‘TPA Reaffirms Congress’s Overall Constitutional Role’ On Trade

New Trade Promotion Authority Bill ‘Expands On Administration Transparency And Consultation Obligations’

‘The Congress Shall Have Power … To Regulate Commerce With Foreign Nations’

U.S. CONSTITUTION: “The Congress shall have Power … To regulate Commerce with foreign Nations…” (U.S. Constitution, Article 1, Sec. 8)

CONGRESSIONAL RESEARCH SERVICE: “…the Constitution gives the U.S. Congress sole authority over the regulation of foreign commerce. For 150 years, Congress exercised this authority by setting tariff rates directly. This policy changed with the Reciprocal Trade Agreements Act of 1934 (RTAA), in which Congress delegated authority to the President to enter into reciprocal trade agreements that reduced tariffs within pre-approved levels… In the 1960s, nontariff barriers became part of trade negotiations. Congress found it necessary to alter the delegated RTAA tariff authority to require implementing legislation to authorize changes in U.S. law necessary to meet these new obligations. …Congress adopted [trade promotion authority] in the Trade Act of 1974...” (“Trade Promotion Authority (TPA),” Congressional Research Service, 4/17/15)

  • Trade Promotion Authority was created, in part, because “…many in Congress concluded that the President had exceeded the [tariff] authority delegated to him. In fact, Congress passed a resolution in 1966 instructing the Johnson Administration against negotiating ‘nontariff commitments.’ … Concern over presidential encroachment on its legislative authority prompted Congress to seek a legislative remedy. … the Trade Act of 1974…” (“Trade Promotion Authority (TPA),” Congressional Research Service, 4/17/15)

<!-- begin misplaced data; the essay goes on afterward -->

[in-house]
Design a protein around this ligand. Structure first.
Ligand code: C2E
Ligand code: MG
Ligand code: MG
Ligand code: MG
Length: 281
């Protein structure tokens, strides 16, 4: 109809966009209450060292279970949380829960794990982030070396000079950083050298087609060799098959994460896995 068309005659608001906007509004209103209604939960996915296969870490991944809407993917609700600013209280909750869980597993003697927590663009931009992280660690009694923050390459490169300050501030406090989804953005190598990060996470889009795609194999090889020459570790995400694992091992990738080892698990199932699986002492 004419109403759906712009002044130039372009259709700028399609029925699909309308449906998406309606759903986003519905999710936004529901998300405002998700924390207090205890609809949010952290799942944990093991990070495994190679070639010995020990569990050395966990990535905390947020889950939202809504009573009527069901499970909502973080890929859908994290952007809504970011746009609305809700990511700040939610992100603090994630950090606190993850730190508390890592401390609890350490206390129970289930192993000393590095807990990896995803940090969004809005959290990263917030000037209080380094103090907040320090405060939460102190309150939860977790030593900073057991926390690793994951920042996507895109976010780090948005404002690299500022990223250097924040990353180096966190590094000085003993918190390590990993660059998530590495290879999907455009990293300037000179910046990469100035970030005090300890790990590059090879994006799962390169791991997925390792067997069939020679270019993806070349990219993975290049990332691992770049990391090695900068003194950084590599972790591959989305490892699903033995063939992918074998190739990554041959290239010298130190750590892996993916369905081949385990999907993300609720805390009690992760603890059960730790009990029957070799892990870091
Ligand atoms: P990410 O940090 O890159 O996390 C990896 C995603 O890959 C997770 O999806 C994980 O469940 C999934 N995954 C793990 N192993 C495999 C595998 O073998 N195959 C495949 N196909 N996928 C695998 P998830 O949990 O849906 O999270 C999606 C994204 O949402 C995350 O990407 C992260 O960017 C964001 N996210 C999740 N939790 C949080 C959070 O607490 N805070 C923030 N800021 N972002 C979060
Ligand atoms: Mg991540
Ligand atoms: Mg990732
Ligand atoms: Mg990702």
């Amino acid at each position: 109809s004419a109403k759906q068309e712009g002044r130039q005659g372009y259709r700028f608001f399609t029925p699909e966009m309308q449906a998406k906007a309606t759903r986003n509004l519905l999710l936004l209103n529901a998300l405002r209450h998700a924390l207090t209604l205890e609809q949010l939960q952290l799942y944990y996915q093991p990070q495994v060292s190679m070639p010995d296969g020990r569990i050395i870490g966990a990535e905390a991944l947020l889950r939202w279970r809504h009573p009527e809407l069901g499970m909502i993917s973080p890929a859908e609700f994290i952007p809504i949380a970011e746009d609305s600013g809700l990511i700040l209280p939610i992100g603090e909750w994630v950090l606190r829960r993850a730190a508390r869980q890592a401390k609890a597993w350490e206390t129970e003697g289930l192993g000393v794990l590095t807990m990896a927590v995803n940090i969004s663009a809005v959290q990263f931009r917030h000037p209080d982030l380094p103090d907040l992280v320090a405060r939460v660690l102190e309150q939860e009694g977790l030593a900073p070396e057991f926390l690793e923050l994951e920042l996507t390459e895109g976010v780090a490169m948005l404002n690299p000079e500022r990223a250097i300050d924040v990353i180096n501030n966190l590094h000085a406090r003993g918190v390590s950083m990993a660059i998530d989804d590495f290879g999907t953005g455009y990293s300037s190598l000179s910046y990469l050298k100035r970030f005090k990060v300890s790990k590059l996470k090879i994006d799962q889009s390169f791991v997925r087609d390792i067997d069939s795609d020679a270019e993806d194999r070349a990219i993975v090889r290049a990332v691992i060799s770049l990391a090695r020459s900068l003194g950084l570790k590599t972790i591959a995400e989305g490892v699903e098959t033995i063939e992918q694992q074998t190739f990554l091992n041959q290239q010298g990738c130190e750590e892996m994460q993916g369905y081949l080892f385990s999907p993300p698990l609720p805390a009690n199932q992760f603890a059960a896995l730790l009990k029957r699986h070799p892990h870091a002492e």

U.S. TRADE REPRESENTATIVE: “Since 1974, Congress has enacted TPA legislation that defines U.S. negotiating objectives and priorities for trade agreements and establishes consultation and notification requirements for the President to follow throughout the negotiation process.  ... TPA reaffirms Congress’s overall constitutional role in the development and oversight of U.S. trade policy.” (“Trade Promotion Authority,” U.S. Trade Representative, Accessed 4/20/15)

  • “To assure retention of its constitutional authority, Congress has included: time limits on use of the TPA; the option for Congress to disapprove an extension of those limits if the President requests one; and two separate options for Congress to deny expedited consideration of an implementing bill should Congress determine that there was inadequate consultation or progress towards negotiating objectives. Each House also retains the right to exercise its constitutional rulemaking authority to change TPA rules or override them for consideration of an implementing bill.” (“Trade Promotion Authority,” U.S. Trade Representative, Accessed 4/20/15)


Hatch / Wyden TPA ‘Expands On Administration Transparency And Consultation Obligations’

CRS: “TPA-2015 expands on Administration transparency and consultation obligations from those of previous iterations of TPA.” (“Trade Promotion Authority (TPA),” Congressional Research Service, 4/17/15)

“…inclusion of a procedure to give Congress a process to revoke fast-track procedures if the White House fails to meet TPA requirements... Essentially, it would give any member of the House or Senate — without the approval of leadership — the ability to push for removal of fast-track if they think the White House has not consulted fully with Congress.” (“Lawmakers Reach Deal To Move Obama Trade Agenda,” The Hill, 4/16/15)

  • “… provisions in the TPA bill that could make it easier to strip the ‘no amendment’ fast track protections from a trade agreement if key congressional committees decide the administration has not met negotiating objectives or has failed to consult adequately with Congress during negotiations.” (“Lawmakers Strike Deal On Fast Track Trade Bill,” Politico, 4/16/15)

“…the Hatch-Wyden compromise ensures the one thing you won’t see in these agreements is a back-room secret.” (Editorial, “A Lift For Free Trade,” The Wall Street Journal, 4/16/15)



Related Issues: Trade Promotion Authority, Free Trade, Jobs, Middle Class